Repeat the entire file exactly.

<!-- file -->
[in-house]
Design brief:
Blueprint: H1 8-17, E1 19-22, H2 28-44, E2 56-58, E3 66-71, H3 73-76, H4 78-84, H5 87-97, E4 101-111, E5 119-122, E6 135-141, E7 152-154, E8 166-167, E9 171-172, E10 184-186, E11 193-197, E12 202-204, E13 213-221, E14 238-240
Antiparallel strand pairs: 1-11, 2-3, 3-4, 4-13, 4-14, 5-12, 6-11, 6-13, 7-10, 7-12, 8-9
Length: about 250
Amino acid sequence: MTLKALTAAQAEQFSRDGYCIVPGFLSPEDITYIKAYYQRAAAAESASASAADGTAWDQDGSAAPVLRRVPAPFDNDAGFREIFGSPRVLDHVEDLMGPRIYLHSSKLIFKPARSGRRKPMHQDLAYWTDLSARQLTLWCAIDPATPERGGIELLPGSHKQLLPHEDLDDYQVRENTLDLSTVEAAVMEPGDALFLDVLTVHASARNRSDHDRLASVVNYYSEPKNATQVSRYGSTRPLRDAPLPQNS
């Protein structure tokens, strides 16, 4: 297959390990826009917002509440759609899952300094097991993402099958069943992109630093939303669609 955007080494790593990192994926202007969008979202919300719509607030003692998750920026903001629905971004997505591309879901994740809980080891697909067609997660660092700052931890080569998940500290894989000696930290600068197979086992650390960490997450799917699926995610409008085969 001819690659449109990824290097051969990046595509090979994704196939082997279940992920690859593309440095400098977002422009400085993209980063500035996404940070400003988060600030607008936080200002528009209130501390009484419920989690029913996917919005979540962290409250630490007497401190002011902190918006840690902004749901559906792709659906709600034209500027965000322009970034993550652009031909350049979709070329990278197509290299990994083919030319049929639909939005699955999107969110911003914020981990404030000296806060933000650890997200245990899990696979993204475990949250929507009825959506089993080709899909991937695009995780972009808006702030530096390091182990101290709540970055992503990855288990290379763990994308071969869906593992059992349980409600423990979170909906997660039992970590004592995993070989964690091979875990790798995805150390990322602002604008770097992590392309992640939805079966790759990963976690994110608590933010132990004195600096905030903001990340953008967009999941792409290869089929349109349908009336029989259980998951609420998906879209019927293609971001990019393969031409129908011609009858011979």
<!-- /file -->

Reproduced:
[in-house]
Design brief:
Blueprint: H1 8-17, E1 19-22, H2 28-44, E2 56-58, E3 66-71, H3 73-76, H4 78-84, H5 87-97, E4 101-111, E5 119-122, E6 135-141, E7 152-154, E8 166-167, E9 171-172, E10 184-186, E11 193-197, E12 202-204, E13 213-221, E14 238-240
Antiparallel strand pairs: 1-11, 2-3, 3-4, 4-13, 4-14, 5-12, 6-11, 6-13, 7-10, 7-12, 8-9
Length: about 250
Amino acid sequence: MTLKALTAAQAEQFSRDGYCIVPGFLSPEDITYIKAYYQRAAAAESASASAADGTAWDQDGSAAPVLRRVPAPFDNDAGFREIFGSPRVLDHVEDLMGPRIYLHSSKLIFKPARSGRRKPMHQDLAYWTDLSARQLTLWCAIDPATPERGGIELLPGSHKQLLPHEDLDDYQVRENTLDLSTVEAAVMEPGDALFLDVLTVHASARNRSDHDRLASVVNYYSEPKNATQVSRYGSTRPLRDAPLPQNS
């Protein structure tokens, strides 16, 4: 297959390990826009917002509440759609899952300094097991993402099958069943992109630093939303669609 955007080494790593990192994926202007969008979202919300719509607030003692998750920026903001629905971004997505591309879901994740809980080891697909067609997660660092700052931890080569998940500290894989000696930290600068197979086992650390960490997450799917699926995610409008085969 001819690659449109990824290097051969990046595509090979994704196939082997279940992920690859593309440095400098977002422009400085993209980063500035996404940070400003988060600030607008936080200002528009209130501390009484419920989690029913996917919005979540962290409250630490007497401190002011902190918006840690902004749901559906792709659906709600034209500027965000322009970034993550652009031909350049979709070329990278197509290299990994083919030319049929639909939005699955999107969110911003914020981990404030000296806060933000650890997200245990899990696979993204475990949250929507009825959506089993080709899909991937695009995780972009808006702030530096390091182990101290709540970055992503990855288990290379763990994308071969869906593992059992349980409600423990979170909906997660039992970590004592995993070989964690091979875990790798995805150390990322602002604008770097992590392309992640939805079966790759990963976690994110608590933010132990004195600096905030903001990340953008967009999941792409290869089929349109349908009336029989259980998951609420998906879209019927293609971001990019393969031409129908011609009858011979």